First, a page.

by Louis Guido
Sr. Marie de Mandat-Grancey, D. C. arrived at the Naval Hospital in Smyrna, Turkey, in 1886. The facility, which had been so active during the Crimean War (1854-1856) had become neglected by the French and by this time was dilapidated and under equipped. It could not continue to function as a hospital without new equipment. Sr. Marie, with the Daughters of Charity, set about making matters more comfortable for the patients from the navy and for those doctors and sisters who cared for them. It was Sr. Marie with her direction and strong will who set about using her own financial resources to rebuild the hospital.
In the process of restoration, Sr. Marie had additional rooms built to keep young girls off the streets and to establish a small classroom for sick children. This addition soon burgeoned into workshops and a full-fledged school. By the time she became the Superior, Sr. Marie had established the Children of Mary in order to catechize the children in her charge. All this effort was costly and depleted Sr. Marie’s fortune so that later, when the opportunity arose to acquire the property containing Mary’s House, she needed financial assistance from her father. In all her endeavors Sr. Marie manifested a missionary spirit, even establishing again the Children of Mary in order to catechize her young girls.
Throughout the remainder of her life, which was to be spent at Smyrna, either through direct instruction or by example, Sr. Marie proclaimed the message of the protection of the Immaculate Mother of God. Both younger and older girls, alike, gave witness to the fact that when she spoke of Mary’s Immaculate Heart or her Immaculate Conception, her face radiated a beautiful smile. Mary drew her closer to her motherly heart.
In 1890, Sr. Marie became the Superior of the Community at Smyrna. One evening shortly thereafter, Sr. Marie asked a visiting Vincentian Father to choose a spiritual reading for the community during dinner. The priest chose a passage from a volume containing the visions of Blessed Anne Catherine Emmerich, a 38 year old Augustinian nun. This nun was confined to her bed during the time of the Napoleonic wars and had been granted the gift of visions of the life and death of Jesus and His Mother. The passage described the Holy House of the Blessed Virgin Mary at Ephesus (now known as Izmir). One of the guests was Father Eugene Poulin, C. M., was director of the French Sacred Heart College at Smyrna. Both Sr. Marie and Fr. Poulin were inspired by what was read. Fr. Poulin was so moved that he inspired other members of his community to undertake a long, arduous expedition to locate a site that might approximate the visions of Anne Catherine Emmerich. During this expedition, a location was reached that was clearly identified with these visions. The local Orthodox Christian villagers confirmed this site, the ruins of a monastery, known locally as Panaghbia-Capoli, or gate of the “All Holy.” They related that for centuries people had venerated it as the Holy House of Mary.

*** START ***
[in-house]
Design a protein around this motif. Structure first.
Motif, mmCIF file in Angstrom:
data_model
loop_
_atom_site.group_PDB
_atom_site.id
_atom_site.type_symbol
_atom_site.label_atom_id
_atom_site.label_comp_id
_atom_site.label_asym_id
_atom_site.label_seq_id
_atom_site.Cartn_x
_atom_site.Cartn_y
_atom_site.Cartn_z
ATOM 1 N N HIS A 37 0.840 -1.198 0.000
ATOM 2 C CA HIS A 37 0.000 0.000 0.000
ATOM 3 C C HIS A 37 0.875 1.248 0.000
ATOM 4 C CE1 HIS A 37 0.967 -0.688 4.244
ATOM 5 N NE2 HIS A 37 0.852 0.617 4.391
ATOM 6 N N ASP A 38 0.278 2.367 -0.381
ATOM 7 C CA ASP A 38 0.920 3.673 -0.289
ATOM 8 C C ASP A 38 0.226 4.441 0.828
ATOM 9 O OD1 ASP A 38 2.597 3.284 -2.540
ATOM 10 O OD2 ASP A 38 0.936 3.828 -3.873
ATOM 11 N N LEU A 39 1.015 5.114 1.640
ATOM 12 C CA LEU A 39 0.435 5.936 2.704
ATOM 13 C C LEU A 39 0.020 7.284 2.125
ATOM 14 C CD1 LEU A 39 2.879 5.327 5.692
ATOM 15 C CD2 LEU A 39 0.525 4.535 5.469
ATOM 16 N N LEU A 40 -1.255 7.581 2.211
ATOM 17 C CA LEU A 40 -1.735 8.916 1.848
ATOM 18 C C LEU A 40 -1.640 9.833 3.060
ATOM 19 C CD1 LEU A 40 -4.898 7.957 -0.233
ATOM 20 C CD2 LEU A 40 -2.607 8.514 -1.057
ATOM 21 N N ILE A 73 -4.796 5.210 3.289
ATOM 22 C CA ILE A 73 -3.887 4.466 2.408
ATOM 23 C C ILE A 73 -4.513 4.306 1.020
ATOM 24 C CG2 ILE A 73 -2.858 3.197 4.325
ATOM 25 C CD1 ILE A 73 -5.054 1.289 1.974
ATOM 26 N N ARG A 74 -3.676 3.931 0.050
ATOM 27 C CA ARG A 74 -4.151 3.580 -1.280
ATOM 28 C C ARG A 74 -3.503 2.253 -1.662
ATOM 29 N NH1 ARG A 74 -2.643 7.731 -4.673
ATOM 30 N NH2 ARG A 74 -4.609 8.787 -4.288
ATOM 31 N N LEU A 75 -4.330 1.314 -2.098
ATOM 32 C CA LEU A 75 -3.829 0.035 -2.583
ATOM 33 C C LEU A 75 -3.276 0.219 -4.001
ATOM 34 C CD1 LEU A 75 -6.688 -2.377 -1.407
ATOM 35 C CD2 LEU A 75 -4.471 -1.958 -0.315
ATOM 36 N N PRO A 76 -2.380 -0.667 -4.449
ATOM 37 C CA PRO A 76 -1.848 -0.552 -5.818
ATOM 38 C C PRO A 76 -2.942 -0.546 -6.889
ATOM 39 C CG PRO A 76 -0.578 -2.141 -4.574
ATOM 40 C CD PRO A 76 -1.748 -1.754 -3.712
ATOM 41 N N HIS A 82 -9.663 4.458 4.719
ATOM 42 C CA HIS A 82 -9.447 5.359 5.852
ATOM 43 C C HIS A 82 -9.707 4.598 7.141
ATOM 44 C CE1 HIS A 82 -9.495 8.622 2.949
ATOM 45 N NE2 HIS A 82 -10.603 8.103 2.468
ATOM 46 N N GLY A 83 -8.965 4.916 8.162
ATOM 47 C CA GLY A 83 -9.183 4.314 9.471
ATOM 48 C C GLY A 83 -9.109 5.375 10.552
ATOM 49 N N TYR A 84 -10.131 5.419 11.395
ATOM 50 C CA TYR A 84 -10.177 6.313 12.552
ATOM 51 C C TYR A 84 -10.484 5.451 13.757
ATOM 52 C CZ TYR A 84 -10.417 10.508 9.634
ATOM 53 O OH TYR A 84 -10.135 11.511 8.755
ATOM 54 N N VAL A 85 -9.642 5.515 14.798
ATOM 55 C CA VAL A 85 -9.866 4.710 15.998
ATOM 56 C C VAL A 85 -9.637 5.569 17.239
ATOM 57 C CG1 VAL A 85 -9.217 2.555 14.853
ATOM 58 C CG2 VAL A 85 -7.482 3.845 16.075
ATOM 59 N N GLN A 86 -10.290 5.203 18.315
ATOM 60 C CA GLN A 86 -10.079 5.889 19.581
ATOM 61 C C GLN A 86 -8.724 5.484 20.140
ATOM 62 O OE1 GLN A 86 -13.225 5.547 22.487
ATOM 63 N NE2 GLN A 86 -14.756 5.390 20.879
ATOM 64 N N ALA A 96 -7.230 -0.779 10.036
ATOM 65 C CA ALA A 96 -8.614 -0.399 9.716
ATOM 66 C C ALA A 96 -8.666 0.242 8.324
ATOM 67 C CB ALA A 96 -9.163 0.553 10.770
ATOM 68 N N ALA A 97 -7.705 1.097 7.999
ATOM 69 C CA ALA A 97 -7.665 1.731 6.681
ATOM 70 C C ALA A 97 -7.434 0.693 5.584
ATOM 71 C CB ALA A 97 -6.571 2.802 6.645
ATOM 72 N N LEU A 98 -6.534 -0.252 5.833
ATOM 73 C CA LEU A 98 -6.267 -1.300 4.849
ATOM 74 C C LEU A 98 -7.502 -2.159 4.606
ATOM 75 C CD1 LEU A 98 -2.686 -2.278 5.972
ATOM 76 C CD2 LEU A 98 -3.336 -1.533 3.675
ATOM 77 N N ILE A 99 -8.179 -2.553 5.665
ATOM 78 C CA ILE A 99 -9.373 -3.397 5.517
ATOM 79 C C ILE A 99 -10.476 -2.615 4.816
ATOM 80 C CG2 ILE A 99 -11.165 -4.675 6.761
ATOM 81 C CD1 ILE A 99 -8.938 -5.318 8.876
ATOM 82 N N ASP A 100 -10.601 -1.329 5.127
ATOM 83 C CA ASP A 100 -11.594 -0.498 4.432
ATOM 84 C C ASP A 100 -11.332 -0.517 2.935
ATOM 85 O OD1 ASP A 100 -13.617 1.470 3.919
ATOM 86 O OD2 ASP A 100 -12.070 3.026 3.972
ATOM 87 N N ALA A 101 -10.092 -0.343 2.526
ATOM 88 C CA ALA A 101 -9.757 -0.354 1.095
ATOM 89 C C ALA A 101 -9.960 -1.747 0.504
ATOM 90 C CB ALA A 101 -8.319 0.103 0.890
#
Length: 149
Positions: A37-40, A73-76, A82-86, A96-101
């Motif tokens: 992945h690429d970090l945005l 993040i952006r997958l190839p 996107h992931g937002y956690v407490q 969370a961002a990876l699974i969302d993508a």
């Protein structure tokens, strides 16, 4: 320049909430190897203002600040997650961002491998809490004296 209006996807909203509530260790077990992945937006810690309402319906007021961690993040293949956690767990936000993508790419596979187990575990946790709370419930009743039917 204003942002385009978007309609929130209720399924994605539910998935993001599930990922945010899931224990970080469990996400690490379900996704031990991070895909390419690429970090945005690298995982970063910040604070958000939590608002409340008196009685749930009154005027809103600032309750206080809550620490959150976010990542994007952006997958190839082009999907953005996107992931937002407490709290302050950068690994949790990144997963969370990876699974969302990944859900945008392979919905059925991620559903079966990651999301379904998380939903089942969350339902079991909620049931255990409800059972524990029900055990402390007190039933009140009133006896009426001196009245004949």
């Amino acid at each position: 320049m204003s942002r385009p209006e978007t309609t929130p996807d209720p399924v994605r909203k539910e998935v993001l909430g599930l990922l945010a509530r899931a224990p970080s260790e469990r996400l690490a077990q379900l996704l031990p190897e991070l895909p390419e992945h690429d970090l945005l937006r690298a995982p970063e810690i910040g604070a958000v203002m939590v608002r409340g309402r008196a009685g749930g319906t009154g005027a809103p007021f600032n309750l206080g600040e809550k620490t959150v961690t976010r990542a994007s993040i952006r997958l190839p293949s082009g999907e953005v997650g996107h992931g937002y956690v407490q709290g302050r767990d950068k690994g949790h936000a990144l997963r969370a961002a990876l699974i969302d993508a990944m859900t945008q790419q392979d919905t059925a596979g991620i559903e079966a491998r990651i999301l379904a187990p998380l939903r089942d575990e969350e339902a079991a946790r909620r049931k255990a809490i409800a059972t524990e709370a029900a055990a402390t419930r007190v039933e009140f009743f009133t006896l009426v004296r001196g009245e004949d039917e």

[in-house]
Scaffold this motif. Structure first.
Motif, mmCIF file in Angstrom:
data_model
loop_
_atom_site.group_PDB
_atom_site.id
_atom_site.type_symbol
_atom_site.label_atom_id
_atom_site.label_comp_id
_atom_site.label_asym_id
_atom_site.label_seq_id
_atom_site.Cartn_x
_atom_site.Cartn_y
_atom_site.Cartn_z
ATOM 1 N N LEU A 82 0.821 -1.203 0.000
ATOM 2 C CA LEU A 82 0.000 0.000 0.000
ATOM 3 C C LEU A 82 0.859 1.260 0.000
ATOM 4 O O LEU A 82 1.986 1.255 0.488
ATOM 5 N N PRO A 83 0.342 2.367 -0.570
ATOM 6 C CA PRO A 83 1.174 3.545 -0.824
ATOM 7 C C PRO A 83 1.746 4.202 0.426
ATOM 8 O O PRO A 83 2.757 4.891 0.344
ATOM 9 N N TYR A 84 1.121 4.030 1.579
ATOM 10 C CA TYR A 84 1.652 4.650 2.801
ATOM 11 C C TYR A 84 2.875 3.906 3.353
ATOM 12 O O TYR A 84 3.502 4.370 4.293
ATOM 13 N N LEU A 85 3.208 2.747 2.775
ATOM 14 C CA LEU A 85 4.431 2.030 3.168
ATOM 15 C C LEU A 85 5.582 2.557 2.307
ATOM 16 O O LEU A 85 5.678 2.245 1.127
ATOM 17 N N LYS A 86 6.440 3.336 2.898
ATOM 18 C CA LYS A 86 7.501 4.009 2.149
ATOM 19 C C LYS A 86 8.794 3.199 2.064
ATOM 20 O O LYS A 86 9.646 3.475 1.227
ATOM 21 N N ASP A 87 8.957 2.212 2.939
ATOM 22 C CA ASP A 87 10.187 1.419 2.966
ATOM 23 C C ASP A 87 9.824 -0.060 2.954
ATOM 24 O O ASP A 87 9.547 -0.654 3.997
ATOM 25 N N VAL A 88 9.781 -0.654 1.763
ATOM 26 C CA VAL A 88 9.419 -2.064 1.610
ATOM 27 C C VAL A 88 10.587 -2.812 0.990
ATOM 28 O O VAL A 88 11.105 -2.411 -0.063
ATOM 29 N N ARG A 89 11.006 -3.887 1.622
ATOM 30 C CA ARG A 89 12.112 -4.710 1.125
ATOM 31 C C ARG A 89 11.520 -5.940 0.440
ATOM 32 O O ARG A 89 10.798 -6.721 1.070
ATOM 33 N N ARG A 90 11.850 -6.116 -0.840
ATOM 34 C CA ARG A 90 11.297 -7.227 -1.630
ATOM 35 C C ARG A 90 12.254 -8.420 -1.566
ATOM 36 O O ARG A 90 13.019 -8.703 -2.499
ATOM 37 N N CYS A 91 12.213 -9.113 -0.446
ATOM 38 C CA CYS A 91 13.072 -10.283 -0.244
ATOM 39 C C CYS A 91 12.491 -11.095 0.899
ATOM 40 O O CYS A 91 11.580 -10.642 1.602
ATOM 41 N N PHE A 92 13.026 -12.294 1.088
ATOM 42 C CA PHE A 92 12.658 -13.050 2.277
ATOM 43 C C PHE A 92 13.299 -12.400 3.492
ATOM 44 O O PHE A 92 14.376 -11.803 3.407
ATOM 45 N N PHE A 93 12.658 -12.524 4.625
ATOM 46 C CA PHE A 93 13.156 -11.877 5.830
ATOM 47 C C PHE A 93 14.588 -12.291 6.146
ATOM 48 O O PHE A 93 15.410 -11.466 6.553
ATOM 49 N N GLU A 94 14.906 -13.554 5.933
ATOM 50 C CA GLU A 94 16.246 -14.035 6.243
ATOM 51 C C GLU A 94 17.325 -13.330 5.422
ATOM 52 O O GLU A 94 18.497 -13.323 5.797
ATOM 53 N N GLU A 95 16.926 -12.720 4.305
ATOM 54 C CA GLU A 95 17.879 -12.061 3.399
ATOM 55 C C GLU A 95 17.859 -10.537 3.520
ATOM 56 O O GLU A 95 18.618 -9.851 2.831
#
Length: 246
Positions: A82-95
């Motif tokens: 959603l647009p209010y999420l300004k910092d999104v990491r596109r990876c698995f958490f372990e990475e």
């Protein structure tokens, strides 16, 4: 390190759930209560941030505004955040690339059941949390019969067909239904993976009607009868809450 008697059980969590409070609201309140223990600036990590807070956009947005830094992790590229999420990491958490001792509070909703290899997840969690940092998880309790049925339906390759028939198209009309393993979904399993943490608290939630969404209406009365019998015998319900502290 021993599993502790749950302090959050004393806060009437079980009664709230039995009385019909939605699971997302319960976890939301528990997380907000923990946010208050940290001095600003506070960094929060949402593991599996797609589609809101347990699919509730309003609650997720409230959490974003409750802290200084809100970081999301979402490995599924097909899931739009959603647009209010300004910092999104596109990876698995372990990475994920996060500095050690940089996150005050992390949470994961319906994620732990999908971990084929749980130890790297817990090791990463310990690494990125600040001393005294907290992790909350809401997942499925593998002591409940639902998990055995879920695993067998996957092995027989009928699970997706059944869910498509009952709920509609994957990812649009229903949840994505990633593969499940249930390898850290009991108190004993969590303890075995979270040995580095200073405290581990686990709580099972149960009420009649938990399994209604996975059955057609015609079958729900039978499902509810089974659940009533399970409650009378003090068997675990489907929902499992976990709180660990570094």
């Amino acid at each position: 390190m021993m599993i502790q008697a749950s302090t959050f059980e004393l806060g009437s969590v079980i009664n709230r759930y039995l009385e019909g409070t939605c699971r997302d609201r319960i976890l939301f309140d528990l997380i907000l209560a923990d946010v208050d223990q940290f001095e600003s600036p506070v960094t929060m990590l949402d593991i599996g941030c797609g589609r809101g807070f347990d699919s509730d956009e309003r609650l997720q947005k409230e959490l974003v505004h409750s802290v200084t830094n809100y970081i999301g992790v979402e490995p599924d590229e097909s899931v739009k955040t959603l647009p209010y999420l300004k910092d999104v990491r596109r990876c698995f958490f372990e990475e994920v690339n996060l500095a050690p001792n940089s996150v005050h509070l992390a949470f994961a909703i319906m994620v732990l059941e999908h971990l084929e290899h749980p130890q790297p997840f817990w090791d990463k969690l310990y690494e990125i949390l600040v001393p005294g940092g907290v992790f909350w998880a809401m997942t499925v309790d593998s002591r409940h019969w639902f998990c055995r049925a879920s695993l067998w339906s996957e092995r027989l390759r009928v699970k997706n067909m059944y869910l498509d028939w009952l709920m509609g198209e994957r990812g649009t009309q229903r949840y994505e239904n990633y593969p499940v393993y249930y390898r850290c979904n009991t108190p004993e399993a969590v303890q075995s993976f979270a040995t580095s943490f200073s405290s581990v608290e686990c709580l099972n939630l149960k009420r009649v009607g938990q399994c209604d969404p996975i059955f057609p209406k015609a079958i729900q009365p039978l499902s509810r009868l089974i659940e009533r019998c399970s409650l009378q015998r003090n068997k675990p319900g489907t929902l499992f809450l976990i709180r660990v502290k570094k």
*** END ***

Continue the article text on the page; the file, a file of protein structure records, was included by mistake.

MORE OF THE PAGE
Having every reason to believe in their findings, the explorers returned and informed Sr. Marie. Inspired by her deep faith in the presence of Mary in her life, she believed in the site of the Holy House from the beginning. Sometime later, informed by Fr. Poulin and his companions, Fr. M. H. Jung, C. M., that the property was for sale, Sr. Marie delivered her own private fortune to purchase the site.
On December 1, 1891, Archbishop Timoni declared in a formal document that the ruins of Panaghia-Capoli are truly the remains of the house inhabited by the Blessed Virgin Mary. From that moment on, the little nun, the daughter of a prominent count and countess, took charge of promoting, protecting and developing the Shrine now known as Meryem Ann Evi, the House of Mother Mary. For that reason, her family was rewarded with the original cornerstone from the first century, which now rests at the Chapel of St. John at the Chateau Grancey in Burgundy near the Archdiocese of Dijon in France.
Sr. Marie de Mandat-Grancey promoted devotion to Mary at the site of the chapel from 1892 until her death on May 31, 1915. She was buried with the other Daughters of Charity in the Christian cemetery at Smyrna. Her devotion was so great that she touched the hearts of Catholic and Orthodox Christians alike, drawing them together at the Shrine. Most miraculous of all, she drew Muslim worshippers as well, for Islam honors Mary under the title of the Immaculate Conception. To this day, Muslims and Christians honor Mary in prayer together at the Marian Shrine at Ephesus, certainly a sign of hope in these uncertain times of inter-religious conflict.
" I am not a priest and cannot bless them, but all that the heart of a mother can ask of God for her children, I ask of Him and will never cease to ask Him." ~ Sister Marie